Dangerous Guests

The late Philip Hallie was a Jewish professor of ethics who spent years researching a depressing topic: human cruelty. He found himself exhausted and demoralized by the many stories of Nazi atrocities. Then one day he came across a story about the small French village of Le Chambon, whose inhabitants saved thousands of Jewish people from the gas chambers. It was a tale of quiet courage that moved Hallie to tears--and inspires us even today with a vision of true heroism. The story begins when twenty members of the local police arrived at Le Chambon to hunt down Jews who had gone into hiding. The Huguenot pastor, Andre Trocme, stepped up to the police captain and announced that the village would not hand over a single Jew. It was an incredibly courageous thing to do. The Nazis had slaughtered entire villages for lesser offenses. Over the next four years, the people of Le Chambon rescued several thousand Jews, including many children. As Dick Keyes writes in his book True Heroism, "Although several of the villagers were arrested, and some lost their lives, there was no record of them betraying a single one of their dangerous guests during the entire occupation." Thinking of the story later that night, Hallie again began to weep. He later wrote that his tears this time were "an expression of moral praise." He found the story healing and inspiring. As Keyes puts it, "A moral consciousness deep within him was responding to a story of excellence and was demanding to be recognized." The villagers of Le Chambon deserve to be called heroes. What is a real hero? It is someone who gives us a vision of moral excellence. In a cynical age like ours, many of us no longer have heroes. But without heroes, we're left with no clear vision of moral excellence. No wonder our culture is in moral collapse. Jonathan Swift wrote that a hero is one who "excels in what we prize." If we have no heroes, we have "no one who is actually putting into practice," as Keyes puts it, "the things that we value and prize." And if we can't find anyone who embodies our ideals, then what hope do we have of living them out in our own lives? Our ideals become disembodied, abstract--things that we believe in only halfheartedly. That's dangerous, because without heroes we have no one to inspire us to rise up beyond our own mediocrity and our cynicism. We have no one to teach us how we ourselves can act heroically. As we recover from the presidential impeachment trial and its consequences, many parents are asking me how they can teach their children about decency, courage, and honor--about right and wrong. My answer is: Give them stories, role models that reflect genuine moral excellence. Beginning on Wednesday, I'll be spending a couple of weeks talking about heroes, both from the past and the present, from all walks of life. I hope you'll stay tuned. In fact, even if your kids don't normally listen to BreakPoint, invite them to listen over the next few days. For you and they will hear more stories that move us to behave like the villagers of Chambon, with quiet nobility.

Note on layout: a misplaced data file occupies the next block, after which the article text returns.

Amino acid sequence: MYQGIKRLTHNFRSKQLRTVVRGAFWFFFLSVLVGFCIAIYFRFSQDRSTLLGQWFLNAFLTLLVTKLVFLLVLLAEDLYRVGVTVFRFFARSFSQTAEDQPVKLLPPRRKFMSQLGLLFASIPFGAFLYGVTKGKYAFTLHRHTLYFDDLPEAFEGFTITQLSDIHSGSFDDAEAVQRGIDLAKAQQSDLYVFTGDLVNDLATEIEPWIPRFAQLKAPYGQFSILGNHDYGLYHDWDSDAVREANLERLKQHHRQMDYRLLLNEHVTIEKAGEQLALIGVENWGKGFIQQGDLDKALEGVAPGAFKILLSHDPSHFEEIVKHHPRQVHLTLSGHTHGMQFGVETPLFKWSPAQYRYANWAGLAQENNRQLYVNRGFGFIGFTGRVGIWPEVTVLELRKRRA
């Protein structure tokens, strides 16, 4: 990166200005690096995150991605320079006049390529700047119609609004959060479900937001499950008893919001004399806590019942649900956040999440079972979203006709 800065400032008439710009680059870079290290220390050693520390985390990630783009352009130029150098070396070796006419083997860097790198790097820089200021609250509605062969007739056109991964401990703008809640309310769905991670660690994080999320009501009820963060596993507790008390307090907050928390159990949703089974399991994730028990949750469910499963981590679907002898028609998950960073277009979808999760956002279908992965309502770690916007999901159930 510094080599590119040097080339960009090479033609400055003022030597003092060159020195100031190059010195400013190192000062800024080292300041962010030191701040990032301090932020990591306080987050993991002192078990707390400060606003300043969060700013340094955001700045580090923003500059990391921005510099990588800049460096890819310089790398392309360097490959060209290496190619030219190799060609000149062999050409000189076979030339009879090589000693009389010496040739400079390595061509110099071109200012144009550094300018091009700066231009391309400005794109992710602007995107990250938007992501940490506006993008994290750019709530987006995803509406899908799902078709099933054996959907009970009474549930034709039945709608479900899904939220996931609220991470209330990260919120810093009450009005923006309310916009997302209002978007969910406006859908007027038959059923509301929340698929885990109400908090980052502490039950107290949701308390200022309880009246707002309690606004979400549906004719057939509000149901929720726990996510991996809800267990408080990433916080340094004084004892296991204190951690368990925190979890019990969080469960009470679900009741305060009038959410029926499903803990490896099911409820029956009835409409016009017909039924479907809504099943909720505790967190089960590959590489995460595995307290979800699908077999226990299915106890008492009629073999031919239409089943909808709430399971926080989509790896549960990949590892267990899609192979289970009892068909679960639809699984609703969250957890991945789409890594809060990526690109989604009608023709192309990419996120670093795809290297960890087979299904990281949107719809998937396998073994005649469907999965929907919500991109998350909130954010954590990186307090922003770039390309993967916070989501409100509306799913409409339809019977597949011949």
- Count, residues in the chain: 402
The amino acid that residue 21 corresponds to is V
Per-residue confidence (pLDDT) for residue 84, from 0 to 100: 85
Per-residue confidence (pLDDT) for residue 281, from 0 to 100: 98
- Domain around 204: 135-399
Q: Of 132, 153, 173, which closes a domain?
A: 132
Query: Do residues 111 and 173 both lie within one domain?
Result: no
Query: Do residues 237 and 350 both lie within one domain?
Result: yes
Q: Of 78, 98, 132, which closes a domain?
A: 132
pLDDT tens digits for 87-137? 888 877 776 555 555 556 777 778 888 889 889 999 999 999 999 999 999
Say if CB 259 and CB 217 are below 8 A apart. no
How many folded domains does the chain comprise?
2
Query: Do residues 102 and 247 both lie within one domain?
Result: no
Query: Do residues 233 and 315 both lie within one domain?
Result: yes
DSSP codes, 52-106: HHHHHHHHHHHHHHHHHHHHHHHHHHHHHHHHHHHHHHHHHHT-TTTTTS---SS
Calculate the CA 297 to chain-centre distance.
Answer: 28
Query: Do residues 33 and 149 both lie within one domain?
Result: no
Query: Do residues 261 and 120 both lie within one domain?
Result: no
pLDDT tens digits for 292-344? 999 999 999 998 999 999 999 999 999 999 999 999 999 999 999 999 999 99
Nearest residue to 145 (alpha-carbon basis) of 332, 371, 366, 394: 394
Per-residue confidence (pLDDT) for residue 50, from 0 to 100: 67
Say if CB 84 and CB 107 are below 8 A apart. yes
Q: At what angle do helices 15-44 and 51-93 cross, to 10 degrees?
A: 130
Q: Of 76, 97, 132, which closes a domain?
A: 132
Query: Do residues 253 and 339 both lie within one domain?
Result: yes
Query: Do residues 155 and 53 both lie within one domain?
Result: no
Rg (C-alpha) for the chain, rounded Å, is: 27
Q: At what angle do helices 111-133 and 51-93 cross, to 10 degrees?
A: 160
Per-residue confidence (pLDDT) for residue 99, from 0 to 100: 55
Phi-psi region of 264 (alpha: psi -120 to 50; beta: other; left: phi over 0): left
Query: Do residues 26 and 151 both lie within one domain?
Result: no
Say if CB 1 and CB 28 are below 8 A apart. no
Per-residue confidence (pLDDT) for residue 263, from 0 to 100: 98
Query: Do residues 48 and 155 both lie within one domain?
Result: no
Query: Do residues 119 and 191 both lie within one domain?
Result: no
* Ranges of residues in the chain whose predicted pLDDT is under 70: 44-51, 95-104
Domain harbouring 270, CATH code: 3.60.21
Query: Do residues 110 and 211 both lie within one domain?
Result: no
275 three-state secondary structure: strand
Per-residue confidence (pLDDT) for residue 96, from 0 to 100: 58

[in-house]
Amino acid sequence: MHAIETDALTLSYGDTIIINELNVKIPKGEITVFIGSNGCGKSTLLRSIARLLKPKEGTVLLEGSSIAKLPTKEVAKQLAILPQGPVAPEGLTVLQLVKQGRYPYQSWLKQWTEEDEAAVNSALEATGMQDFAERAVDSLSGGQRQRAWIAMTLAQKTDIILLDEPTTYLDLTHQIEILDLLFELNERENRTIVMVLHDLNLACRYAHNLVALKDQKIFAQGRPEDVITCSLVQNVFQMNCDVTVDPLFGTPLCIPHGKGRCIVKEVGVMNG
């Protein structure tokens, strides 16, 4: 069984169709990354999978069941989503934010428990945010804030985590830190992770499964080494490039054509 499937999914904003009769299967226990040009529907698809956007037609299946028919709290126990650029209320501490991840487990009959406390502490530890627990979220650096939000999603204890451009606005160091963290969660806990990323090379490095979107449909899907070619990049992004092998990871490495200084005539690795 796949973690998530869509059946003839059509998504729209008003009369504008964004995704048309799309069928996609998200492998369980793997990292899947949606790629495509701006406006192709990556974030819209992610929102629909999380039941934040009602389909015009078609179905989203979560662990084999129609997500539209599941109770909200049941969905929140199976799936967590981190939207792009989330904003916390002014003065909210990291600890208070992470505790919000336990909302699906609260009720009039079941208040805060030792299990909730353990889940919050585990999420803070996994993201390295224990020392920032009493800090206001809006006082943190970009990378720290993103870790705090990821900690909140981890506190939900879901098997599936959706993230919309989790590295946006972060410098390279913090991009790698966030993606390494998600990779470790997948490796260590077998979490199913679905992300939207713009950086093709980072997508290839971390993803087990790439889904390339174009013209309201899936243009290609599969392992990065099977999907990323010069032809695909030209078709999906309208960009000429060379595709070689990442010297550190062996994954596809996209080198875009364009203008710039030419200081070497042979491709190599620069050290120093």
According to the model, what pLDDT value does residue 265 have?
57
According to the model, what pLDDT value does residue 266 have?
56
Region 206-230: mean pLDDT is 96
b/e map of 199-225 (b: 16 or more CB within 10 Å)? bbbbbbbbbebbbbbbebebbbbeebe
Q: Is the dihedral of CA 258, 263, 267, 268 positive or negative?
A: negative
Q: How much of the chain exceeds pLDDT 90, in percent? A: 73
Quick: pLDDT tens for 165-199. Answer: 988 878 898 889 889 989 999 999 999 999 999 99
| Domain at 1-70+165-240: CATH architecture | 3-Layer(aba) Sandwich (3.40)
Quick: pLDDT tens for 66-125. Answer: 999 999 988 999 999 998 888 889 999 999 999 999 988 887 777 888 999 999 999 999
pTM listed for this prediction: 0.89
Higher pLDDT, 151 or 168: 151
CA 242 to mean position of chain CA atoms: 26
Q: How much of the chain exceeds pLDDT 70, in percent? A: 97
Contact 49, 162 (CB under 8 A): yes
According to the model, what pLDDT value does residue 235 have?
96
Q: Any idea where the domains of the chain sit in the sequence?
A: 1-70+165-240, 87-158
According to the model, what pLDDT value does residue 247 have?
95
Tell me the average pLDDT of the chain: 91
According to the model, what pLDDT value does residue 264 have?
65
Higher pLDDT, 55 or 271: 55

Chuck Colson


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